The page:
Sunday, October 30, 2011

UN partners help least developed countries to take up more effective tourism development

I am glad to see Tourism getting attention for the many benefits it has in educating and helping world populations.  I have been leading international tours and training new Tour Directors for years.  I’ve always stressed the many benefits it has especially with responsible locals, governments, tour operators and Tour Directors.
I have a request from a developing country now to help in training their staff.  I’m flattered and hope to be able to work out the logistics.   There are safety concerns and yet I also understand how the media and politicians will play up a situation.  Claims are often greatly exaggerated.  

International tourist arrivals in the 48 Least Developed Countries (LDCs) grew from 6 million in 2000 to over 17 million in 2010. In the same period, international tourism receipts climbed from US$ 3 billion to over US$ 10 billion.

Eight of the world’s Least Developed Countries (LDCs) have begun to assess their tourism development needs and pinpoint relevant funding sources at a workshop held by the United Nations Steering Committee on Tourism for Development (SCTD) in Geneva, Switzerland from, October 18-20.

Representatives from the Tourism, Finance and Trade Ministries of Benin, Burundi, Cambodia, Comoros, Lesotho, Maldives, Sao Tome and Principe and Uganda came together with the nine UN Agencies that make up the SCTD at International Trade Centre (ITC) Headquarters in Geneva, to learn how to better work together to maximise tourism’s development potential.  

“Tourism is one of the few economic sectors through which LDCs have managed to increase their participation in the global economy,” said UNWTO Executive Director, Márcio Favilla, opening the workshop. “The multiplier effect of tourism is also particularly effective in the LDCs, where tourism expenditure generates additional flows of revenue and consumption for other branches of the economy such as agriculture, local fisheries, handicrafts and the furniture and construction industries”.

The workshop allowed the countries to learn more about the Enhanced Integrated Framework (EIF) and how to best access the mechanism to develop their tourism strategies and action plans, as well as leveraging human and financial resources.

The workshop builds on the momentum generated at the Fourth UN Conference on Least Developed Countries (LDC-IV), at which tourism was included as a poverty reduction tool for the first time. It is now expected that the LDCs, with the support of SCTD Agencies as well as the EIF Secretariat, will be able to prepare project proposals by the end of 2011, for local approval and subsequent submission to the EIF Board for endorsement by mid-2012.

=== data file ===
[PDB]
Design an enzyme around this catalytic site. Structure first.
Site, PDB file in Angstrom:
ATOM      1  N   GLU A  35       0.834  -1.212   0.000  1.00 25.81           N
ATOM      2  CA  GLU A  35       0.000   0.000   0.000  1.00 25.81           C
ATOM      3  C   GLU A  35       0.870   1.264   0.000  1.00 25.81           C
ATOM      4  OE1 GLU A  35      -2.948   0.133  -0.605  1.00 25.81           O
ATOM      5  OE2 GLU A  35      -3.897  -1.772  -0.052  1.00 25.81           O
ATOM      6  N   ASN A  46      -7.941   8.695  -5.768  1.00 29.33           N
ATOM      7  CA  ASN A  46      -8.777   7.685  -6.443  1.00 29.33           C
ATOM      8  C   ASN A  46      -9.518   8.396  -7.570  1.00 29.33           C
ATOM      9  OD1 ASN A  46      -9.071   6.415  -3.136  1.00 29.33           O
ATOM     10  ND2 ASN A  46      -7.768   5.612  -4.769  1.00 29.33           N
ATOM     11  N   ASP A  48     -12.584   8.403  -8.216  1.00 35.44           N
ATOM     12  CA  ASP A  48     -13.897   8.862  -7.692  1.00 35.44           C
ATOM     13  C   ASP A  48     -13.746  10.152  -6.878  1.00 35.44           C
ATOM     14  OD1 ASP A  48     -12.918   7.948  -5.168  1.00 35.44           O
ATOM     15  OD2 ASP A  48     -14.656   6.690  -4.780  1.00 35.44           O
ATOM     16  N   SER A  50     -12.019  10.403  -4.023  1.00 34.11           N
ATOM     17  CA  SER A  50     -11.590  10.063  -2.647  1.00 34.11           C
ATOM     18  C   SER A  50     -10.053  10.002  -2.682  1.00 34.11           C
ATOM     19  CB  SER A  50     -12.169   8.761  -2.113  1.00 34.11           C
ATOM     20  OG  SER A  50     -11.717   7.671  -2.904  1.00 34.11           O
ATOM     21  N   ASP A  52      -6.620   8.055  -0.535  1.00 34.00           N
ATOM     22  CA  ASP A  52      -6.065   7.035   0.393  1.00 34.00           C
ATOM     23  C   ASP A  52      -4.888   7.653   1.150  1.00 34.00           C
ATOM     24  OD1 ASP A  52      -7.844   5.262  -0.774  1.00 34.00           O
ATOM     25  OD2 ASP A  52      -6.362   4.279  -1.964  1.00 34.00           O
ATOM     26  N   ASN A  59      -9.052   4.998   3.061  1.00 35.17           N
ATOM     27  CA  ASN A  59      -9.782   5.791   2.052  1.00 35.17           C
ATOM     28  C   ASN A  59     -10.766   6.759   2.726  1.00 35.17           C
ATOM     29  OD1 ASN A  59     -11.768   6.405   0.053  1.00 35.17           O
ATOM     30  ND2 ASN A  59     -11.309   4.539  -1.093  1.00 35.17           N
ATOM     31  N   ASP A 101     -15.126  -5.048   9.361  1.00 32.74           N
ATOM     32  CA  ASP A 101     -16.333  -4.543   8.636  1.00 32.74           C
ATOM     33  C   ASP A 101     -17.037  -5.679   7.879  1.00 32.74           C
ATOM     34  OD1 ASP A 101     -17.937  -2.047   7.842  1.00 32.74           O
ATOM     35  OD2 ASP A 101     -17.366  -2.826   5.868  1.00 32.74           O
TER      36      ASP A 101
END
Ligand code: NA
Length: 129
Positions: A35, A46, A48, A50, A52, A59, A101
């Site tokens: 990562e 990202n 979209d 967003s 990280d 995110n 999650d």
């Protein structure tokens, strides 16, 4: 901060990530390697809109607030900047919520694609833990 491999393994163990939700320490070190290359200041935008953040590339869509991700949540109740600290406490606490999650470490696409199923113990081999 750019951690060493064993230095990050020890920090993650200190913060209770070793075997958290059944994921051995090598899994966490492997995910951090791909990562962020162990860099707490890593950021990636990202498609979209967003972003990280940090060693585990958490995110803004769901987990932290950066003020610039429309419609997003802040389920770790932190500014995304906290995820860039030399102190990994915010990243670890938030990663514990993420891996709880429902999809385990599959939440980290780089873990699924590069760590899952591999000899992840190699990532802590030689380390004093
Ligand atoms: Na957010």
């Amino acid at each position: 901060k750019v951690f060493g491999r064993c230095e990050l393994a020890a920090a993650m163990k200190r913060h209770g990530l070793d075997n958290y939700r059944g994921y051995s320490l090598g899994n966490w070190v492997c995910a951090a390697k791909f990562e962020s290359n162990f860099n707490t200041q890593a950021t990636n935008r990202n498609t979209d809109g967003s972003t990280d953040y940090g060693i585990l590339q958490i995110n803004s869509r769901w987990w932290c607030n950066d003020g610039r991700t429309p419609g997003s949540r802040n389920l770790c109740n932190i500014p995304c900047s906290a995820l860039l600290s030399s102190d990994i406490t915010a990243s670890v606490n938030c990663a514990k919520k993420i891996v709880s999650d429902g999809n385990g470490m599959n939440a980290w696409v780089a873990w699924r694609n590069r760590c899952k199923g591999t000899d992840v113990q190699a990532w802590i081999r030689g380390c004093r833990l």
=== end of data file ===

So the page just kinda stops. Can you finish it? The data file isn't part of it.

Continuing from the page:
Thursday, October 27, 2011

Golf Tourism Shows Its Resilience

I’m often asked about leading golf tours.  Here’s good news, “… International golf tourism was expected to exceed 50 million travelers in 2011, and perhaps reach 55 million,…”

Bangkok, October 27, 2011 - Golf is one of few international tourism sectors continuing to grow despite global economic uncertainty, according to the chief executive of the International Association of Golf Tourism Operators, Peter Walton.

Addressing members of Thailand's Golf In A Kingdom destination marketing program in Bangkok this week, Mr Walton said golf tourism had recovered more quickly than other sectors since the 2008 Global Financial Crisis. And despite continuing problems, especially in Europe, the sector was continuing to grow.

He said international golf tourism was expected to exceed 50 million travellers in 2011, and perhaps reach 55 million, equivalent to the level in 2007 before the GFC.

"Golf tourism bounces back more quickly than other sectors," he added. "In established markets, one in three golfers plan to travel in the next 12 months. That is a lot more than in other sectors, like skiing.

"We also know that golfers spend 120 percent more per person per day when staying in a resort than other travellers."

Mr Walton, who is visiting the region from his London headquarters in preparation for the inaugural IAGTO Asia Golf Tourism Convention in Kuala Lumpur next April, also said that whereas only 12 percent of the population in the United States played golf, golfers were responsible for 27pc of US travel expenditure.

"While we don't have figures for other countries, this shows how important golf tourism is in the current international tourism climate," he said.

Mr Walton later said that Spain, the United States and Thailand were currently the big three international golf destinations, with Turkey and Portugal among developing countries that were rapidly increasing their golf tourism sectors.

"Thailand is very well placed to continue the progress it has made in promoting golf tourism," he noted.

An example of how the market is growing in Thailand has been the first visit to South-East Asia this month by clients of US tour operator, Kalos Golf. One group of 37 participants spent five days in Bangkok last week before travelling to Vietnam and Cambodia, also to play golf. A second group of 35 arrives in Bangkok this week where - like the first group - they are scheduled to play the renowned Thai Country Club before also travelling to Vietnam./TravMedia/

Tour manager, Sue Pierce, said the first group's visit had exceeded her clients' expectations. "We were welcomed so warmly and everyone had a wonderful experience. We were amazed that despite the flooding around Bangkok, there was no standing water on the course. We have already made a decision to return every year."

FOOTNOTE: IAGTO has 1700 members in 94 countries and claims that its members are responsible for 80% of golf packages sold worldwide. In Asia, IAGTO has 209 tour operators selling golf in the region in 43 originating countries.


For more information, contact:
Paul Myers, Asian Travel Media, Bangkok
Tel: +66 (0) 84 125 1894

Sunday, October 16, 2011

Working with Travel Suppliers

Throughout my training, I cover how important customer service skills are in our careers as professional Tour Directors, Travel Staff, Tour Guides and Cruise Hosts.  The skills are important when working with our groups and just as important when working with our suppliers including the airlines, hotels, tour operators, attractions and etc.  We’re all part of the hospitality industry and want the best for our groups and individuals.